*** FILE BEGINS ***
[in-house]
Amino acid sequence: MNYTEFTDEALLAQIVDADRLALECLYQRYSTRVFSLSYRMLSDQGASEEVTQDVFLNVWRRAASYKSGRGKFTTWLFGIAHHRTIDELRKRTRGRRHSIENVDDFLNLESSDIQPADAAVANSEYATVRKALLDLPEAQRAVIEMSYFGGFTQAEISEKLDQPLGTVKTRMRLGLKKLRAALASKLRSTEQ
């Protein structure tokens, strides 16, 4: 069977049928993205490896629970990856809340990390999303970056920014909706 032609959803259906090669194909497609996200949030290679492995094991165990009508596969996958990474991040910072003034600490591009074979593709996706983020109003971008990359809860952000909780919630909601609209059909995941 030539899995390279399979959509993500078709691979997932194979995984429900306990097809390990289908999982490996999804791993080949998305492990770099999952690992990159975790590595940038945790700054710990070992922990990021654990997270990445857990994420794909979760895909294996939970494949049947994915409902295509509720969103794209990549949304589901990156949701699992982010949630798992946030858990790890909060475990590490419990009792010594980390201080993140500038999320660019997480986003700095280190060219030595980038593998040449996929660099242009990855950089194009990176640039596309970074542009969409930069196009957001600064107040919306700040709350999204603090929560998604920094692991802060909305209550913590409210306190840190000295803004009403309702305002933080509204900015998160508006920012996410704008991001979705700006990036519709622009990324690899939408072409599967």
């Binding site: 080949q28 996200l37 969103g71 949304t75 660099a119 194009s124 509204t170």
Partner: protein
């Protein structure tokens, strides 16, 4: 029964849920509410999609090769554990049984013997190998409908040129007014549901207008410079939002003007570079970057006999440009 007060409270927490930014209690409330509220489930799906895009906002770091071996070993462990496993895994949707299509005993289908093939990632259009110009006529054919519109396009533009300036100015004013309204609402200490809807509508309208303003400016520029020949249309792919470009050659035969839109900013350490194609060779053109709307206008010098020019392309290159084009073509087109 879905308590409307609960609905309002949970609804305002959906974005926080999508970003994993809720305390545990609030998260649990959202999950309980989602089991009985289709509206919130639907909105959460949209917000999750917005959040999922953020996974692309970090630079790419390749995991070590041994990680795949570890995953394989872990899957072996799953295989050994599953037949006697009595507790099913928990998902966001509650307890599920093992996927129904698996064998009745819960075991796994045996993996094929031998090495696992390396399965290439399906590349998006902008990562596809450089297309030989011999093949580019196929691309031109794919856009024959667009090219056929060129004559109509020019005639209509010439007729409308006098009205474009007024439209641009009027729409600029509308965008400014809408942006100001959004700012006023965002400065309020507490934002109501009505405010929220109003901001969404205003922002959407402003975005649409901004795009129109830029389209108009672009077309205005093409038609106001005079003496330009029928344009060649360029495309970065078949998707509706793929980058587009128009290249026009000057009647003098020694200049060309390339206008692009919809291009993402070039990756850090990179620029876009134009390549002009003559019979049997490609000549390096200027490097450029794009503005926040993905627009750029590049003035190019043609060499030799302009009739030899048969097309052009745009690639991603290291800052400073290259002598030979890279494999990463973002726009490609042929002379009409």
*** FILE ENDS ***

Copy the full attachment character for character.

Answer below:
[in-house]
Amino acid sequence: MNYTEFTDEALLAQIVDADRLALECLYQRYSTRVFSLSYRMLSDQGASEEVTQDVFLNVWRRAASYKSGRGKFTTWLFGIAHHRTIDELRKRTRGRRHSIENVDDFLNLESSDIQPADAAVANSEYATVRKALLDLPEAQRAVIEMSYFGGFTQAEISEKLDQPLGTVKTRMRLGLKKLRAALASKLRSTEQ
């Protein structure tokens, strides 16, 4: 069977049928993205490896629970990856809340990390999303970056920014909706 032609959803259906090669194909497609996200949030290679492995094991165990009508596969996958990474991040910072003034600490591009074979593709996706983020109003971008990359809860952000909780919630909601609209059909995941 030539899995390279399979959509993500078709691979997932194979995984429900306990097809390990289908999982490996999804791993080949998305492990770099999952690992990159975790590595940038945790700054710990070992922990990021654990997270990445857990994420794909979760895909294996939970494949049947994915409902295509509720969103794209990549949304589901990156949701699992982010949630798992946030858990790890909060475990590490419990009792010594980390201080993140500038999320660019997480986003700095280190060219030595980038593998040449996929660099242009990855950089194009990176640039596309970074542009969409930069196009957001600064107040919306700040709350999204603090929560998604920094692991802060909305209550913590409210306190840190000295803004009403309702305002933080509204900015998160508006920012996410704008991001979705700006990036519709622009990324690899939408072409599967």
């Binding site: 080949q28 996200l37 969103g71 949304t75 660099a119 194009s124 509204t170």
Partner: protein
């Protein structure tokens, strides 16, 4: 029964849920509410999609090769554990049984013997190998409908040129007014549901207008410079939002003007570079970057006999440009 007060409270927490930014209690409330509220489930799906895009906002770091071996070993462990496993895994949707299509005993289908093939990632259009110009006529054919519109396009533009300036100015004013309204609402200490809807509508309208303003400016520029020949249309792919470009050659035969839109900013350490194609060779053109709307206008010098020019392309290159084009073509087109 879905308590409307609960609905309002949970609804305002959906974005926080999508970003994993809720305390545990609030998260649990959202999950309980989602089991009985289709509206919130639907909105959460949209917000999750917005959040999922953020996974692309970090630079790419390749995991070590041994990680795949570890995953394989872990899957072996799953295989050994599953037949006697009595507790099913928990998902966001509650307890599920093992996927129904698996064998009745819960075991796994045996993996094929031998090495696992390396399965290439399906590349998006902008990562596809450089297309030989011999093949580019196929691309031109794919856009024959667009090219056929060129004559109509020019005639209509010439007729409308006098009205474009007024439209641009009027729409600029509308965008400014809408942006100001959004700012006023965002400065309020507490934002109501009505405010929220109003901001969404205003922002959407402003975005649409901004795009129109830029389209108009672009077309205005093409038609106001005079003496330009029928344009060649360029495309970065078949998707509706793929980058587009128009290249026009000057009647003098020694200049060309390339206008692009919809291009993402070039990756850090990179620029876009134009390549002009003559019979049997490609000549390096200027490097450029794009503005926040993905627009750029590049003035190019043609060499030799302009009739030899048969097309052009745009690639991603290291800052400073290259002598030979890279494999990463973002726009490609042929002379009409």